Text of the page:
The first NFL game of Sept. 24 started with a powerful protest
Less than 48 hours after President Donald Trump began vocally lashing out at NFL players, some of those players struck back on the field.
During an Alabama rally for senatorial candidate Luther Strange, Trump went way off script and began calling any football players who took a knee during the national anthem a “son of a bitch.” He doubled down on this hardly-veiled attack on former San Francisco 49ers quarterback Colin Kaepernick on Saturday with a series of tweets that called on owners to fire any player who didn’t stand during the song.
Well, during the first NFL game after Trump’s comments, two full teams — and one owner — have made it known what they think about the president’s opinion.
The Baltimore Ravens played against the Jacksonville Jaguars in Wembley Stadium, London, on Sunday morning. There, both teams linked arms and 27 players and staff knelt during the national anthem, a direct response to the commander-in-chief. It was the most players ever to take this action in a single game.
The players weren’t alone, either. Jaguars owner Shad Khan, who has been a supporter of Trump, also stood arm-in-arm with the team mates on the sidelines.
Khan then released a statement pledging his commitment to the players in the midst of “divisive and contentious” remarks made by our president.
“Our team, and the National Football League reflects our nation, with diversity coming in many forms – race, faith, our views, and our goals,” his statement read. “We have a lot of work to do, and we can do it, but the comments by the president make it harder.”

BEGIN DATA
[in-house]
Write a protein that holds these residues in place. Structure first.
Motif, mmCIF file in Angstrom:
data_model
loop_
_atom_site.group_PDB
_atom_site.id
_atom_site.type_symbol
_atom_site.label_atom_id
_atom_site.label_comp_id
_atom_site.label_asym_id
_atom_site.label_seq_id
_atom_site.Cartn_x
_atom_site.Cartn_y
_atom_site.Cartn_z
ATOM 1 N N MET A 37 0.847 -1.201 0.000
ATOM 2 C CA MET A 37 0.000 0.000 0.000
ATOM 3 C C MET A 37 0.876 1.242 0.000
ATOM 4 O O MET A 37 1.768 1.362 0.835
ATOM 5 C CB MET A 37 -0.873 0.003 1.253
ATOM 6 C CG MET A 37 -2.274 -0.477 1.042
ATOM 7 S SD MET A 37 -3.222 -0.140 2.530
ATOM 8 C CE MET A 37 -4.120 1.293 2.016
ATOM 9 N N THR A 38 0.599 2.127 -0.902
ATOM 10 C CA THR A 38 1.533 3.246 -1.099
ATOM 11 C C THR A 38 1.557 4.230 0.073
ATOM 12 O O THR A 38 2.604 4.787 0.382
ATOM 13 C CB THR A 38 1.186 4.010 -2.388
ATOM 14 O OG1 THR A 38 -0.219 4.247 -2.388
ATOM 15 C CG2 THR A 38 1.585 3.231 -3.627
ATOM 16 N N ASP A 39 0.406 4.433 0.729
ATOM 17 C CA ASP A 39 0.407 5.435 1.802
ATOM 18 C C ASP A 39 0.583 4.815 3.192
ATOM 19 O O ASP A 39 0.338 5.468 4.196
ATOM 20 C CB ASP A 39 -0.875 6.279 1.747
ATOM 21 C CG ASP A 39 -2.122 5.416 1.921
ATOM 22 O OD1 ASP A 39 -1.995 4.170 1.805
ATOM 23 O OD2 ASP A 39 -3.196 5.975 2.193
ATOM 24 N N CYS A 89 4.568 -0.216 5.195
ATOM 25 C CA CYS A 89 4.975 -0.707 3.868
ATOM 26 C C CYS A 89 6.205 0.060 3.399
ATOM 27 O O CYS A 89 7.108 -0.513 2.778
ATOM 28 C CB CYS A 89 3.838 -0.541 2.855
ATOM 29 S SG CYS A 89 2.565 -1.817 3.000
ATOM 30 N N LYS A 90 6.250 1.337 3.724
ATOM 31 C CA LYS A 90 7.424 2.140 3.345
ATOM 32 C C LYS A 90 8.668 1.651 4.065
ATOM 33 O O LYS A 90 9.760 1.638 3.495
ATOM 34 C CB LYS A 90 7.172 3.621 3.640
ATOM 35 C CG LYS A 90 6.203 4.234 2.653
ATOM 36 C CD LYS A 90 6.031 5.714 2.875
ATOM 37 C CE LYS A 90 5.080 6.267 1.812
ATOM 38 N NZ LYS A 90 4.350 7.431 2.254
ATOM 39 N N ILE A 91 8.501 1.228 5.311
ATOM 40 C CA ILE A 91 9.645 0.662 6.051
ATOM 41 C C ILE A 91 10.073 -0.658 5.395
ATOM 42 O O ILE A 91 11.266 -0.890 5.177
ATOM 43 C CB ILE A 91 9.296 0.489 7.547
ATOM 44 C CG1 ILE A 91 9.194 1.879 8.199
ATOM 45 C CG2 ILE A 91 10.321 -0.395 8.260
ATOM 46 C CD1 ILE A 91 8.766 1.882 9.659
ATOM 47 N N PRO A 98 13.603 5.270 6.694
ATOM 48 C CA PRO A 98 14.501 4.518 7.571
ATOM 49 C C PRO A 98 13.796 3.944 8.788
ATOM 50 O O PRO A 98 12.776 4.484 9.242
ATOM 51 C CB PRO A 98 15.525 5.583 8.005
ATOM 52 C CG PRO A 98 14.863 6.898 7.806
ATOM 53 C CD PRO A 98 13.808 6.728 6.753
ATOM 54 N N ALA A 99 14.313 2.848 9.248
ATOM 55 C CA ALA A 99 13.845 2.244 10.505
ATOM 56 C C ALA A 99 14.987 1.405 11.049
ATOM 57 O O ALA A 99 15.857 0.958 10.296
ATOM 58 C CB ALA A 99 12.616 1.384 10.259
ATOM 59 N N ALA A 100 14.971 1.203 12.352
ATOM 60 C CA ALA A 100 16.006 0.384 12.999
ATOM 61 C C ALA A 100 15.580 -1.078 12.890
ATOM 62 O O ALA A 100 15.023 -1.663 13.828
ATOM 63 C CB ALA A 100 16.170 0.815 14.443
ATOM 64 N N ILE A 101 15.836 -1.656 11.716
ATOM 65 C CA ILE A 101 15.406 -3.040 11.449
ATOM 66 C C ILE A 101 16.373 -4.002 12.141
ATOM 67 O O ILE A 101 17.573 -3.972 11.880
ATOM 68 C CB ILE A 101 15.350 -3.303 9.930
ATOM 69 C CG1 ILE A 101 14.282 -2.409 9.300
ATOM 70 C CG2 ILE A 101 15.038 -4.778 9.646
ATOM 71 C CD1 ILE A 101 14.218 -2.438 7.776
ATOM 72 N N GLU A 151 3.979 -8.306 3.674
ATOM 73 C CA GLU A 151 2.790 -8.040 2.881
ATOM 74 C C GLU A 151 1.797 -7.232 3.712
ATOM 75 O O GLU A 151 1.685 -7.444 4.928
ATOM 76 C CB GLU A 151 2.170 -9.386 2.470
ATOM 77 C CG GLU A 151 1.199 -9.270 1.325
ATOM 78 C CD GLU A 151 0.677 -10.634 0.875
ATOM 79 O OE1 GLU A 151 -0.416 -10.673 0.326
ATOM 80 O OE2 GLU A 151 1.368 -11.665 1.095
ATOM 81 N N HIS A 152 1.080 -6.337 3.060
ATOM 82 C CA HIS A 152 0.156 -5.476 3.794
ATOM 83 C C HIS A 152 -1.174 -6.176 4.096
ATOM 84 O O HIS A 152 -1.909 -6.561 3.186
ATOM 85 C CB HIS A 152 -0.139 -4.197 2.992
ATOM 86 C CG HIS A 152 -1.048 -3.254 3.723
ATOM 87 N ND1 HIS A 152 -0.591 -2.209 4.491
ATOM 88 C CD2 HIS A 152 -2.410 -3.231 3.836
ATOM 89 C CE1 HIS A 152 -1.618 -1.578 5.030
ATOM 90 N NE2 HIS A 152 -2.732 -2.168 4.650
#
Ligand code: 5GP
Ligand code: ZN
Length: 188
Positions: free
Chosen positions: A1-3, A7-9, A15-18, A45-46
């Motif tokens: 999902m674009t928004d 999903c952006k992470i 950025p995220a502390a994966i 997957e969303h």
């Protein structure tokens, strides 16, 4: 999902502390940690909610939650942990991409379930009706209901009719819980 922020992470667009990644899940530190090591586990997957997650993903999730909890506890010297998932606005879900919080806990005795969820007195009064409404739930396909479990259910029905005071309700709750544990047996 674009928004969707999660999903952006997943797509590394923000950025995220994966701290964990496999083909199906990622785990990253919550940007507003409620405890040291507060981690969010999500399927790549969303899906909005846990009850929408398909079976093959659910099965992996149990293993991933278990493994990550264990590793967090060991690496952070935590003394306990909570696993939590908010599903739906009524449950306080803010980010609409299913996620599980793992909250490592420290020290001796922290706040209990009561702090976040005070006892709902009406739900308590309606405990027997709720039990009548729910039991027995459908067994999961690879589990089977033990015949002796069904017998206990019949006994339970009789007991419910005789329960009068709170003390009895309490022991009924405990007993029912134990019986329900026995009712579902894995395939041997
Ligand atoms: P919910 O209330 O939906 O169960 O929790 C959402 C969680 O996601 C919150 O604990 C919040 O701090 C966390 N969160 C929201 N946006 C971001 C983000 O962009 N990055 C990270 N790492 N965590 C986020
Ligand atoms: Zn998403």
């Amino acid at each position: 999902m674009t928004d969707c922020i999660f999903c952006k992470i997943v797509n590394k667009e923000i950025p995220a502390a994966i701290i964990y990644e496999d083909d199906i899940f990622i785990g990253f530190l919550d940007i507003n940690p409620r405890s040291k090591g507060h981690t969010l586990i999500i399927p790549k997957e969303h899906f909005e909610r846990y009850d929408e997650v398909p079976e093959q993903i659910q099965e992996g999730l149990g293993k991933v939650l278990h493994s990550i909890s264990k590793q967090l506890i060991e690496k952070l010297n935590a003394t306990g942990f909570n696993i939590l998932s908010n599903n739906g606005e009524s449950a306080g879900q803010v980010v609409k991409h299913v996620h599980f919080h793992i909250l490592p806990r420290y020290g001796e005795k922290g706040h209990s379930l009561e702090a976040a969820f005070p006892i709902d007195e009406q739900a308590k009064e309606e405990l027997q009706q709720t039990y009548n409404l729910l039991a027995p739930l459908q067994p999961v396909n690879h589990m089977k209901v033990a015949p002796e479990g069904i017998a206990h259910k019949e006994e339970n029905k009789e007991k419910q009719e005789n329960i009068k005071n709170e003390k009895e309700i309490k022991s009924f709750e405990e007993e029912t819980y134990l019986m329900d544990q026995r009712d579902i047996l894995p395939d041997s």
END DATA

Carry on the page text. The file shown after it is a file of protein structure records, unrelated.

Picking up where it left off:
Trump’s fiery tweets on Saturday proved he meant to target a broader swath of players than just Kaepernick. The tweets called out what he saw as players gravely disrespecting the country.
“If a player wants the privilege of making millions of dollars in the NFL, or other leagues, he or she should not be allowed to disrespect… our Great American Flag (or Country) [sic] and should stand for the National Anthem. If not, YOU’RE FIRED. Find something else to do!” two of his tweets read.
Kaepernick began taking a knee during the national anthem in 2016 to protest police violence against black people and to raise awareness and support for the Black Lives Matter movement.
There are 14 games left to play today, beginning at 1 p.m. EST. This will surely not be the last we see of players banding together to send a message to Trump. There’s already evidence that one, the Pittsburgh Steelers, intends to send a stark message to the president